Has anyone noticed this--I don't write stories strictly about rebels against a big bad repressive regime. Rather, I like to explore all sides and build up sympathy for even the "bad guys". I don't believe that any entity of many individuals is "evil". Rather, as the best writers have always preached, every character has a story. Even the "bad guy" thinks he/she is doing right for their own reasons and it's worth exploring by removing ourselves from our personal views and putting ourselves in their minds. I believe that adds incredible depth.
The best stories challenge our perceptions and beliefs, challenge us to step out of our comfort zones and look at the world from a different set of eyes, to, as the saying goes, "walk a mile in another's shoes." Unfortunately, much of the popular fiction in the last twenty years has lacked that perspective that I enjoy. That's one reason I write--to enjoy stories that I like to read. Granted, I like an underdog story, but I also like to to be able to see all sides.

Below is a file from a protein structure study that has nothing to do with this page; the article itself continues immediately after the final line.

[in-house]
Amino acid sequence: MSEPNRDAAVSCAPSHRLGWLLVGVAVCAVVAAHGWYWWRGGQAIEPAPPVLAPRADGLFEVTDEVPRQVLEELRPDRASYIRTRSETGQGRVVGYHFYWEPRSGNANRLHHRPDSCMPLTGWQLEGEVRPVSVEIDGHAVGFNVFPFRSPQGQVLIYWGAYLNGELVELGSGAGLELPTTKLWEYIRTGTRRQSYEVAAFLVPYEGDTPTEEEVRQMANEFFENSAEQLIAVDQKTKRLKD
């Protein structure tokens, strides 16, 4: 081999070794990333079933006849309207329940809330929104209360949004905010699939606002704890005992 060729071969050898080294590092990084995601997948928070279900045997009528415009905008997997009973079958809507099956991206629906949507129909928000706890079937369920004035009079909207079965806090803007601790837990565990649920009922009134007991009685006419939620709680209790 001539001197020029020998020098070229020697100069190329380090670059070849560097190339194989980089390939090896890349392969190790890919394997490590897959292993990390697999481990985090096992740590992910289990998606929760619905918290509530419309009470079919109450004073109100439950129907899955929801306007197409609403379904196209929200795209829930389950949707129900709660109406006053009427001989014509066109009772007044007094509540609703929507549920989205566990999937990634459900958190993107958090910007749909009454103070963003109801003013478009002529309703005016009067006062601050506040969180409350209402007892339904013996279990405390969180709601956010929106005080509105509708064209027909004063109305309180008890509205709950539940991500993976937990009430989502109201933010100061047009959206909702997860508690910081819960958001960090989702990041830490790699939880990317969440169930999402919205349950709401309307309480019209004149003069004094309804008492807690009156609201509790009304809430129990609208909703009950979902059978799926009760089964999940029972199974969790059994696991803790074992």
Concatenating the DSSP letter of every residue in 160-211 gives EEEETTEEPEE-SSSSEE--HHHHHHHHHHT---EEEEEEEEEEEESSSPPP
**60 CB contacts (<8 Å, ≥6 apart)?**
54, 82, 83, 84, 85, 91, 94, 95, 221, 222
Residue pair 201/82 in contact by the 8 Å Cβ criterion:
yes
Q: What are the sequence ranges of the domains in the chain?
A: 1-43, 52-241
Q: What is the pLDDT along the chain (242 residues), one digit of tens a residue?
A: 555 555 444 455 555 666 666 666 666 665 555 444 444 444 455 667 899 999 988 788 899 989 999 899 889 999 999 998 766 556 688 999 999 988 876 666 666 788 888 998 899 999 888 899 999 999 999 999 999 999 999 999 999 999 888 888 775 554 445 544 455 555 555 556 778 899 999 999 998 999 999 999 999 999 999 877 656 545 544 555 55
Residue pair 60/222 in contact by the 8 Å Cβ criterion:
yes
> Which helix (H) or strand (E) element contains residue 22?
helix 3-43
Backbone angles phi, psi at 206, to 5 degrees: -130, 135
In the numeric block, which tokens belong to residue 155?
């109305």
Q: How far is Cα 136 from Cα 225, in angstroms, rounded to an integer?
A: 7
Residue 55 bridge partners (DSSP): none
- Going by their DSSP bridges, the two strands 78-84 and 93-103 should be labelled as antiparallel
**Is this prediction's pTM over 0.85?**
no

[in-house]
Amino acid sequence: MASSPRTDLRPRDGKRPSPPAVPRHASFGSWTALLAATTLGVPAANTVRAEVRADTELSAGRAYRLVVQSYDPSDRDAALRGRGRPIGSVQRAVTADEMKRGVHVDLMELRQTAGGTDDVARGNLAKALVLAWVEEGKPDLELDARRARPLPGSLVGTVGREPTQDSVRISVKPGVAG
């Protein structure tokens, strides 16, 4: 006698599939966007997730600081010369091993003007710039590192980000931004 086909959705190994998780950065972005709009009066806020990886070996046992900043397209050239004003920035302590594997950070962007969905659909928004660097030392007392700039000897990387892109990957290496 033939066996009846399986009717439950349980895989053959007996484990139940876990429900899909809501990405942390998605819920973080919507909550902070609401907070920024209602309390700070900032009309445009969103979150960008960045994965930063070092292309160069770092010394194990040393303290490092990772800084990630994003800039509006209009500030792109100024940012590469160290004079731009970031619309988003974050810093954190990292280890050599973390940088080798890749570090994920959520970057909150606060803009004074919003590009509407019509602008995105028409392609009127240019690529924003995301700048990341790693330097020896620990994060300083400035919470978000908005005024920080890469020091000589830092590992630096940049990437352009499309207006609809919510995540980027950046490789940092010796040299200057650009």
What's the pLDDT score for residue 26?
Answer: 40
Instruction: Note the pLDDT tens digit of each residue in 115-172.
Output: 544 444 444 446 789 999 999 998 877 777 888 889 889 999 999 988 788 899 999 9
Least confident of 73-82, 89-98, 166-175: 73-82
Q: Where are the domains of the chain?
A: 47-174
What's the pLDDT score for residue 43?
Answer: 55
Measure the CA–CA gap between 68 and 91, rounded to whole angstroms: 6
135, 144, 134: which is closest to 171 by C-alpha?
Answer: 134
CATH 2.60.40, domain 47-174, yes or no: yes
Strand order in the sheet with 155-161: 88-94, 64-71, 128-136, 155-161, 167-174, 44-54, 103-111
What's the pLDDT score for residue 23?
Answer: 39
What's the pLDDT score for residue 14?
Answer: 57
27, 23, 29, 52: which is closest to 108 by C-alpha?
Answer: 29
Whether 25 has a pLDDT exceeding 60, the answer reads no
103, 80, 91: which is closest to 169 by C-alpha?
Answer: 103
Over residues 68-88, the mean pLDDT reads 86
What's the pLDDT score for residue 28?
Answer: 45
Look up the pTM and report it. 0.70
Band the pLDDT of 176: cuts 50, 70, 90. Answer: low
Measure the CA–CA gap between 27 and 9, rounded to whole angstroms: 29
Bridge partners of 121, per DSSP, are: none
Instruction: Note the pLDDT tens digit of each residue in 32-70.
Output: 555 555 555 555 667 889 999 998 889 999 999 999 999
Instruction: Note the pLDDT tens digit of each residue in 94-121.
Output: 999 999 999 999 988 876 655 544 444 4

I had a real challenge in Starfire Angels: Revelations to put some perspective on the situation with the alien parasites and made Leksel really give the situation a hard look in Nemesis. He had changed so much with training and started questioning the rightness or wrongness of everything. The answers weren't straightforward or clearcut after examining the different aspects of what was right or wrong. The lines blurred, and that's how real life is.
In my worlds, there may be an illusion of polarization, but I like to disintegrate that into a gray area where there isn't any easy answer except for the characters overcoming their flaws. It's not just Starfire Angels but also the Demon Age series, White Dragon books, and even the Luriel Cycle.
Maybe that says something about my personality or maybe it's just me wishing people in the real world could quit bickering and fighting about every little perceived "wrong" by another. What ever happened to "water off a duck's back" or "love thy neighbor" or "mutual respect"?